I recently rewatched the first season of the nail-biting real-time show 24. And with the exception of a few brick cellphones and ancient computer monitors, the show really hasn’t aged a bit. It is still holds up against the heavily serialized action-oriented programming we see today. However what intrigues me the most about this early season is not just Jack’s flowing blond hair (which would soon disappear in later seasons) but rather the dedicated effort the writers put in to fleshing out Jack as a character. Specifically Jack comes into the show with a strongly defined backstory.
While 24 is pointedly about stopping terrorist threats, the show consistently lays the groundwork for creating memorable characters and establishing genuine conflict between them. Some of the most exciting elements of the show are not shootouts or car chases but instead quieter character moments between two people each with very different motivations and point-of-views. Sometimes it ends with reconciliation but other times with bitter finality and standing animosity. It could be Jack apologizing for being a distant father or it could be the President firing his top aide. Either way because we are rooted in the characters and their hours of development and set up, these conversations tend to be just as thrilling if not more so than the actual conflict with the terrorists.
Season One hinges around two main storylines: Jack’s attempt to rescue his family and Senator David Palmer’s handling of an impending news story concerning his son. Both these stories are connected by an impending assassination attempt on Palmer, one which Jack is assigned to prevent. While the narrative takes on different modes, switching between discovering moles, locating kidnapped family members, discovering startling new information, and Jack repeatedly breaking protocol, the show always stays grounded in the history of these characters.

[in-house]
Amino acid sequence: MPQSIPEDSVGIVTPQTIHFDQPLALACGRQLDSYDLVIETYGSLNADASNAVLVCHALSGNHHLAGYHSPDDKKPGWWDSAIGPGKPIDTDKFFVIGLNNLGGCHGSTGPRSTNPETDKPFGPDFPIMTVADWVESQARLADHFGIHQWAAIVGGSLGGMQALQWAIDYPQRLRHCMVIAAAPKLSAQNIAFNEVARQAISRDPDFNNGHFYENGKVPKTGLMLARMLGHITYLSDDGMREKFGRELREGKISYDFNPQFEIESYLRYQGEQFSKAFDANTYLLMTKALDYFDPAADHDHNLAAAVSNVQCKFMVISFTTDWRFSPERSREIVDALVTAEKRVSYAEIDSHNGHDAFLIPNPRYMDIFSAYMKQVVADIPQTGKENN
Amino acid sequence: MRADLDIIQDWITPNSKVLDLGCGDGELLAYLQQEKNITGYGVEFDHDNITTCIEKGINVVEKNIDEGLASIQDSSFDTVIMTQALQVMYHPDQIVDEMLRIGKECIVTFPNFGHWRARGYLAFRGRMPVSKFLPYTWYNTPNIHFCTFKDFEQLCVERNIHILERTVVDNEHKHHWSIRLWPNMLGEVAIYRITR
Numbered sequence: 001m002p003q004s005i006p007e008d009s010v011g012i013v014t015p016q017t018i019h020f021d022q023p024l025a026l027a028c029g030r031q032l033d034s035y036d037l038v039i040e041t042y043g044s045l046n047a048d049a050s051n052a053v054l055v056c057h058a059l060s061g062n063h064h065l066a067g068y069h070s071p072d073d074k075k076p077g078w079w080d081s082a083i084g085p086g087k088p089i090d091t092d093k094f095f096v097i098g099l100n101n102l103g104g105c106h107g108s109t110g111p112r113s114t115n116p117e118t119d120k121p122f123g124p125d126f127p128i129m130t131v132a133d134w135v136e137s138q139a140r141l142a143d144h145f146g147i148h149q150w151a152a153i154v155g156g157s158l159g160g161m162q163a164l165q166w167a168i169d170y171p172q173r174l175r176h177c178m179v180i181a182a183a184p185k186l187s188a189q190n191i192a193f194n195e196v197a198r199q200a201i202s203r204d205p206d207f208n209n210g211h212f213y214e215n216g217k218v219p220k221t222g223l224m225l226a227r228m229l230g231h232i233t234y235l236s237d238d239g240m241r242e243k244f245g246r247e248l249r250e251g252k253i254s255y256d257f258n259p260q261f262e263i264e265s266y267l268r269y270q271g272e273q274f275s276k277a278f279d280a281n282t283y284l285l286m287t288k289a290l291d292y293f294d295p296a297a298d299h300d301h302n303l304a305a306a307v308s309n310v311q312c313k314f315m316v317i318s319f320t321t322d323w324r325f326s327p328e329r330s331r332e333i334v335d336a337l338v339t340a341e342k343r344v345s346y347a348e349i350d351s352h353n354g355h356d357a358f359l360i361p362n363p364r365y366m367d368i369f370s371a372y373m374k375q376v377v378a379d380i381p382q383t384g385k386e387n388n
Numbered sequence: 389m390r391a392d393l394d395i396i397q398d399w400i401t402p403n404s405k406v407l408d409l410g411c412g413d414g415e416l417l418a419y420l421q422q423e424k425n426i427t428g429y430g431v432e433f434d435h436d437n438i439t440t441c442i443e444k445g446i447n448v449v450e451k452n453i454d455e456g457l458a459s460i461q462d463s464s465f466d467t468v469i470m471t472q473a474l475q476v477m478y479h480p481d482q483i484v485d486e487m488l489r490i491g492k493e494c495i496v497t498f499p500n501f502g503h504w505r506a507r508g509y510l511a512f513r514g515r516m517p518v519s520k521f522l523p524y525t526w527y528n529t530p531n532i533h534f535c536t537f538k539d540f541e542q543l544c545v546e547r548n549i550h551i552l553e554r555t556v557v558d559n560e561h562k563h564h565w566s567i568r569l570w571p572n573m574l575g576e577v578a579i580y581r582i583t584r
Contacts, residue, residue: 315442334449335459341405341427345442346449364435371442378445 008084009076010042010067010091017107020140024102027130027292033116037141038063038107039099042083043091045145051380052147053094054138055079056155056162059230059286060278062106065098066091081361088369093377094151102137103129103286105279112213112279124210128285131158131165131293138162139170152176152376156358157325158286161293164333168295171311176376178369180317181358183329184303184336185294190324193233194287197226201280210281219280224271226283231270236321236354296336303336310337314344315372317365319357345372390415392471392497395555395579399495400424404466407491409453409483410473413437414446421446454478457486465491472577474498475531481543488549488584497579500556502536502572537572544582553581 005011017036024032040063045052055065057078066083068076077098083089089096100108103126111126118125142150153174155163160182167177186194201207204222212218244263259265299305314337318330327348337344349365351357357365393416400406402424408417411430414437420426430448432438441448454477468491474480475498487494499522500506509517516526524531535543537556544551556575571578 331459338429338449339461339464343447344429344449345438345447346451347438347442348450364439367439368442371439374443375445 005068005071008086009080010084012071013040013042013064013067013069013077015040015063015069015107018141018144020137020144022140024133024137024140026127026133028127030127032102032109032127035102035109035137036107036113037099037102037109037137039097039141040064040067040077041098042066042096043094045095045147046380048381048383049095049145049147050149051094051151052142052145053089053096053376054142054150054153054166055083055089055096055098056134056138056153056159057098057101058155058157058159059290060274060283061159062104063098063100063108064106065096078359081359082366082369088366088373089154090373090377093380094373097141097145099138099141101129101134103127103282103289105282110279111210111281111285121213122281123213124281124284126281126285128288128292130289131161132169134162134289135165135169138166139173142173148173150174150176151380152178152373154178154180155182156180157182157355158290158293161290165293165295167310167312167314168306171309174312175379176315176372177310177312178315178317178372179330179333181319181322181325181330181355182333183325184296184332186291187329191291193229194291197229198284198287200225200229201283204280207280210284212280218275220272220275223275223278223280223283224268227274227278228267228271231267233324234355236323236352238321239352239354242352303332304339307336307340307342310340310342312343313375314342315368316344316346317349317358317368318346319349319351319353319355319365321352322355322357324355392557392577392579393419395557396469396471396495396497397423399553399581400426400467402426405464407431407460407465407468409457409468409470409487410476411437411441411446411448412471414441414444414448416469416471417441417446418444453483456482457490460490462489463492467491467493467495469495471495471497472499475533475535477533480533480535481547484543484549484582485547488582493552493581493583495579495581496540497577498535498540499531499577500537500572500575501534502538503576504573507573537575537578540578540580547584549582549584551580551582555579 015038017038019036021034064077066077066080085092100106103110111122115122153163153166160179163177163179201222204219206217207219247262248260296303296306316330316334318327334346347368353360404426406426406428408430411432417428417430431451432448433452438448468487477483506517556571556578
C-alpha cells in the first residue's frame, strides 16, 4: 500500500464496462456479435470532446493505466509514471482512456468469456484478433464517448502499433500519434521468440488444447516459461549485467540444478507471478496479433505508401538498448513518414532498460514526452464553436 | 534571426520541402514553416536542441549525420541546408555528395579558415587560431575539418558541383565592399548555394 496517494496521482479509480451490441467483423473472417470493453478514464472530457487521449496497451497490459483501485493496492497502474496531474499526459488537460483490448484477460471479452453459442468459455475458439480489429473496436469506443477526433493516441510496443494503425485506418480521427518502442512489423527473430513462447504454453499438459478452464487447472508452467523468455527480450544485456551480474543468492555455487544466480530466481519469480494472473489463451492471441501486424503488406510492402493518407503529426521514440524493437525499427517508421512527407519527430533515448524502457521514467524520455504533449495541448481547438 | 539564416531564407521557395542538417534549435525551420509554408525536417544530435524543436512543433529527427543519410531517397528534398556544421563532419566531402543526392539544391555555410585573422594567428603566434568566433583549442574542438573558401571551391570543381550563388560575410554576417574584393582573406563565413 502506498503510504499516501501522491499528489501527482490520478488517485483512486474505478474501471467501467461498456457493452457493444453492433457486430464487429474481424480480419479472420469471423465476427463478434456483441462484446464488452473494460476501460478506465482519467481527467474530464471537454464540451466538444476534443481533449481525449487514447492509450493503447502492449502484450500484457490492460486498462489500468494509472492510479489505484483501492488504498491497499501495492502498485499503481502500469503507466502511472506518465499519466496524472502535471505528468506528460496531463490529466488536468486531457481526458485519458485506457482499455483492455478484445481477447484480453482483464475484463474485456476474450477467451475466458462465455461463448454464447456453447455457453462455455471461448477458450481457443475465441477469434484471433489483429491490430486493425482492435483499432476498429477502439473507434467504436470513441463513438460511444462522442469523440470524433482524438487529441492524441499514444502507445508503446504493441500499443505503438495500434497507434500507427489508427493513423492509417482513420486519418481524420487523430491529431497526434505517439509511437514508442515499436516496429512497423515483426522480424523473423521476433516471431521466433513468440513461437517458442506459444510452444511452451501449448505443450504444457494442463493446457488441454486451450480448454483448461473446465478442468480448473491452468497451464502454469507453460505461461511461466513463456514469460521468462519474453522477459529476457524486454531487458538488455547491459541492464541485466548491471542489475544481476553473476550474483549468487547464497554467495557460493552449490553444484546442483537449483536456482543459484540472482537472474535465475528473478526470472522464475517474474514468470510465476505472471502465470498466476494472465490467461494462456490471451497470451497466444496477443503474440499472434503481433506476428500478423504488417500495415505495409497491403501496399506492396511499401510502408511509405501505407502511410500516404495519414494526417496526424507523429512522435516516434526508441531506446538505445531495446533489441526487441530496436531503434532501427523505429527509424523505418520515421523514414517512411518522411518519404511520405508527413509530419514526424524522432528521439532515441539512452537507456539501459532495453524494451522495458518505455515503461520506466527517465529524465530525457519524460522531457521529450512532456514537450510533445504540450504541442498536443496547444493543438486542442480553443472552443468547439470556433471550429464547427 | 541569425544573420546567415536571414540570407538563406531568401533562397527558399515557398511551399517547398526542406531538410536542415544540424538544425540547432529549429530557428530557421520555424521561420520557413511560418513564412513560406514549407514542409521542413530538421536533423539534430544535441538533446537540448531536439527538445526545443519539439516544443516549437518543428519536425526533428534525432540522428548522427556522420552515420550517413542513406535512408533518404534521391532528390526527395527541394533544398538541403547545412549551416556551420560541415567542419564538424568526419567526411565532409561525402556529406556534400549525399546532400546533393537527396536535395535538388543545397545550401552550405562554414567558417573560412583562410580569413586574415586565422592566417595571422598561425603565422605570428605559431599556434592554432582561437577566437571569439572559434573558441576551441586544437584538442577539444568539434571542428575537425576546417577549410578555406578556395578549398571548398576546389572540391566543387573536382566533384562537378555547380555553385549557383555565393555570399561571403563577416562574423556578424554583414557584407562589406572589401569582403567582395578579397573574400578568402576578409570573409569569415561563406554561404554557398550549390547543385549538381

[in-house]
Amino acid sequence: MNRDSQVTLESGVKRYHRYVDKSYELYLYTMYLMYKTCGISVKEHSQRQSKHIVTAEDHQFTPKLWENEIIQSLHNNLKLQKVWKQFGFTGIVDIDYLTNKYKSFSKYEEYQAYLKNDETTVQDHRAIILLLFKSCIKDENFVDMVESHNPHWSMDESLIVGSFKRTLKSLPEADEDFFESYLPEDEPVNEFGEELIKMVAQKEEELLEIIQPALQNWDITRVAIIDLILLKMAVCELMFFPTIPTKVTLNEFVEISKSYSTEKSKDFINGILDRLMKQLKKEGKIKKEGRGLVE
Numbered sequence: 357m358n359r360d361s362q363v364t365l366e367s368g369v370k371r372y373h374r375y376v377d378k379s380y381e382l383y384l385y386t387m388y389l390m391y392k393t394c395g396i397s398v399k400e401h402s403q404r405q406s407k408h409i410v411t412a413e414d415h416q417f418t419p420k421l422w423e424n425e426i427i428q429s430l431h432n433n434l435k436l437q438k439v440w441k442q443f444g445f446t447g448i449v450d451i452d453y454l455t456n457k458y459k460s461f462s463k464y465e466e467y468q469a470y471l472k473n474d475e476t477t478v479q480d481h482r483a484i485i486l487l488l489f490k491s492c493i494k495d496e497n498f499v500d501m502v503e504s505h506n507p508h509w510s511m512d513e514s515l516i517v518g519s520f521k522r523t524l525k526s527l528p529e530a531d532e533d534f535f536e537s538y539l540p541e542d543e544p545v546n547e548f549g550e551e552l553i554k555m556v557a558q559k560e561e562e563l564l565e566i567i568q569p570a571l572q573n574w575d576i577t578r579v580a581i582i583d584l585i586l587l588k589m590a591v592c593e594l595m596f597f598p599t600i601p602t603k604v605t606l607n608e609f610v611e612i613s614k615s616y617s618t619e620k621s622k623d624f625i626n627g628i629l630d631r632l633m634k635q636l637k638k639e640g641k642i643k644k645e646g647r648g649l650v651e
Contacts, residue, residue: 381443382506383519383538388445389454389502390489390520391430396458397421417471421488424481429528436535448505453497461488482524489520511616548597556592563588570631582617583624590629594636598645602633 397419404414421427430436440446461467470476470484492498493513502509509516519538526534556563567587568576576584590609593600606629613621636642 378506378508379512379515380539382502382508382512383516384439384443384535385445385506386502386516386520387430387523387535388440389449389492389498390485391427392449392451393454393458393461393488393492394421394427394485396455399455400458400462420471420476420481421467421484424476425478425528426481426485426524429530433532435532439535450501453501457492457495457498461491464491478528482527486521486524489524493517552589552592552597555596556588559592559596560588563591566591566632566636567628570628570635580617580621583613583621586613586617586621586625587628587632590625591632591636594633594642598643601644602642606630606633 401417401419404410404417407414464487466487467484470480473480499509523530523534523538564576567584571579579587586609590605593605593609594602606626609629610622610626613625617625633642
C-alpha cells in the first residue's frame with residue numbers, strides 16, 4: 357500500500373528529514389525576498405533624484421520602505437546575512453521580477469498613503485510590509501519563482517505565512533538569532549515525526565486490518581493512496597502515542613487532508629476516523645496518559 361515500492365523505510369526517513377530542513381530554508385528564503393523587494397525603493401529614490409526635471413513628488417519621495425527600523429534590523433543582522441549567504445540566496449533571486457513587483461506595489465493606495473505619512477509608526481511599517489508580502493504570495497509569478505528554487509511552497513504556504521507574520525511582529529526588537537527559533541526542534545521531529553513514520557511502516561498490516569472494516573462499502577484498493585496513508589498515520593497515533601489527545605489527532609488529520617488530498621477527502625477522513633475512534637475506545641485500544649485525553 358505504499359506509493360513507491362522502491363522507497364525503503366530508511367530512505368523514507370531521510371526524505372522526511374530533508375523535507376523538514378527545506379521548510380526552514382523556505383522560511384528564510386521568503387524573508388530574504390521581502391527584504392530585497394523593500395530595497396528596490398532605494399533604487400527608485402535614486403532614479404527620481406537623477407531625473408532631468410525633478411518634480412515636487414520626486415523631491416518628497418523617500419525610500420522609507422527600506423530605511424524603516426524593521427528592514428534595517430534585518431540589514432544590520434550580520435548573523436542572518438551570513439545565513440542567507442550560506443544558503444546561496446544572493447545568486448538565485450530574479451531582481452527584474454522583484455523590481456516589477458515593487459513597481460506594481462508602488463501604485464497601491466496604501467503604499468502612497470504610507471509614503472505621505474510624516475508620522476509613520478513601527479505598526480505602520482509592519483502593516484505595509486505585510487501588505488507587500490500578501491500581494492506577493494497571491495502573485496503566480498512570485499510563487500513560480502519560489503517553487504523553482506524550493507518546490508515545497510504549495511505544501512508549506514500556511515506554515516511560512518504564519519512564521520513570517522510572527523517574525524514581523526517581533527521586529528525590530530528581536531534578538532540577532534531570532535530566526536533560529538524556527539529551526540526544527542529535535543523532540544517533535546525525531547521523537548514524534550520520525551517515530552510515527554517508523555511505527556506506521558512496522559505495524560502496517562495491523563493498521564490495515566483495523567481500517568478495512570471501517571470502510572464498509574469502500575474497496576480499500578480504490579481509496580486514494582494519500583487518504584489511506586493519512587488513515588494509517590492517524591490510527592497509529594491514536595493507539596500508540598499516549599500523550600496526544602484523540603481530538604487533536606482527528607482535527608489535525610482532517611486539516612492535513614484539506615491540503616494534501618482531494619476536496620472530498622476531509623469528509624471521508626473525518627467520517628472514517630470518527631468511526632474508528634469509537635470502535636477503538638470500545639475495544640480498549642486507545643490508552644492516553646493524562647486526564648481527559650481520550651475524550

In the opening episode we meet Jack Bauer in a state that we will rarely ever see him in: a family man managing mundane family issues at his home. We find out right away that things are not all well at home. Jack and his wife Teri have been separated and only recently Jack has decided to move back in. Caught in the cross-fire is their daughter Kim who plays the classic rebellious teenager. Right off the bat we know that Jack is not a perfect guy. He is trying to make things work but clearly his work often takes priority over his family. As we will see quite vividly throughout the rest of the season, Jack will pretty much do anything necessary to protect his family regardless of whether it jeopardizes his career or breaks the law. His motivation is simple. He wants to make up for his past mistakes. As it turns out, he is the very reason why they are in danger at all.
Only a few minutes into the first episode, Jack is called into the office, the Los Angeles branch of the fictional Counter-Terrorist Unit where he just so happens to be the director. For about one and only one episode in the entire nine season run, Jack is the head of CTU. While he won’t spend much time in his glass office upstairs, the location is an important reminder that Jack is (or used to be) in charge around here. Even when he is in custody or facing serious accusations, that office always hangs overhead as a reminder that in someways Jack is more qualified and more experienced to handle the current threats than anyone else in the room.
At CTU things are also a bit complicated. We find out more very quickly about Jack. During his separation from Teri, Jack had an affair with his second-in-command, Nina Meyers. The drama at the office is compounded by the fact that Nina is now in a relationship with another high-ranking CTU agent, Tony Almeida. To add another layer to the drama, Jack is less-than-popular around CTU these days for exposing several agents who took bribes and putting them in jail. This plot point will pop up later in the season when Jack’s tactical support team is headed by the vengeful partner of one of these disgraced agents.